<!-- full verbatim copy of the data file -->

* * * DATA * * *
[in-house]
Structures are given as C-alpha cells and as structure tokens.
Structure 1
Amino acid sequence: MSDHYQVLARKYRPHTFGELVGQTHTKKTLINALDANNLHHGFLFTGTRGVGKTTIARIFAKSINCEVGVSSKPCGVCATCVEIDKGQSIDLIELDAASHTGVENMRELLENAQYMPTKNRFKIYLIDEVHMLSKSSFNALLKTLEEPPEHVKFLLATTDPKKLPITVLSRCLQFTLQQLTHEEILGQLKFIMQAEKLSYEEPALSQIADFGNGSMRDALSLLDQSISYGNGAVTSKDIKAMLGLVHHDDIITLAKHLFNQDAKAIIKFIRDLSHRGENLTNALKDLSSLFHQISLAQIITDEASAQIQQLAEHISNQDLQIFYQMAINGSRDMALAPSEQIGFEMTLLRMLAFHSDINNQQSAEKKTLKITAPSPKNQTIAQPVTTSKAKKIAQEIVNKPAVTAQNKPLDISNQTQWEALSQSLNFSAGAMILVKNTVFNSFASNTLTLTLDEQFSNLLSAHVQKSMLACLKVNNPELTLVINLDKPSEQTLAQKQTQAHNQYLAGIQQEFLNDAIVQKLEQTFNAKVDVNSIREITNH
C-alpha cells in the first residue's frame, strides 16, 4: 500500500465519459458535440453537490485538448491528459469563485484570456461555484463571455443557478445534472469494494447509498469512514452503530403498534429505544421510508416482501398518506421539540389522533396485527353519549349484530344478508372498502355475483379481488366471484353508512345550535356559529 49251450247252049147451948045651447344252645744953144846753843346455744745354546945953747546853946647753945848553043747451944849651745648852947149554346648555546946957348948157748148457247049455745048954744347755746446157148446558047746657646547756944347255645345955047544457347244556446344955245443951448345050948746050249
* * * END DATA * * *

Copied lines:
[in-house]
Structures are given as C-alpha cells and as structure tokens.
Structure 1
Amino acid sequence: MSDHYQVLARKYRPHTFGELVGQTHTKKTLINALDANNLHHGFLFTGTRGVGKTTIARIFAKSINCEVGVSSKPCGVCATCVEIDKGQSIDLIELDAASHTGVENMRELLENAQYMPTKNRFKIYLIDEVHMLSKSSFNALLKTLEEPPEHVKFLLATTDPKKLPITVLSRCLQFTLQQLTHEEILGQLKFIMQAEKLSYEEPALSQIADFGNGSMRDALSLLDQSISYGNGAVTSKDIKAMLGLVHHDDIITLAKHLFNQDAKAIIKFIRDLSHRGENLTNALKDLSSLFHQISLAQIITDEASAQIQQLAEHISNQDLQIFYQMAINGSRDMALAPSEQIGFEMTLLRMLAFHSDINNQQSAEKKTLKITAPSPKNQTIAQPVTTSKAKKIAQEIVNKPAVTAQNKPLDISNQTQWEALSQSLNFSAGAMILVKNTVFNSFASNTLTLTLDEQFSNLLSAHVQKSMLACLKVNNPELTLVINLDKPSEQTLAQKQTQAHNQYLAGIQQEFLNDAIVQKLEQTFNAKVDVNSIREITNH
C-alpha cells in the first residue's frame, strides 16, 4: 500500500465519459458535440453537490485538448491528459469563485484570456461555484463571455443557478445534472469494494447509498469512514452503530403498534429505544421510508416482501398518506421539540389522533396485527353519549349484530344478508372498502355475483379481488366471484353508512345550535356559529 49251450247252049147451948045651447344252645744953144846753843346455744745354546945953747546853946647753945848553043747451944849651745648852947149554346648555546946957348948157748148457247049455745048954744347755746446157148446558047746657646547756944347255645345955047544457347244556446344955245443951448345050948746050249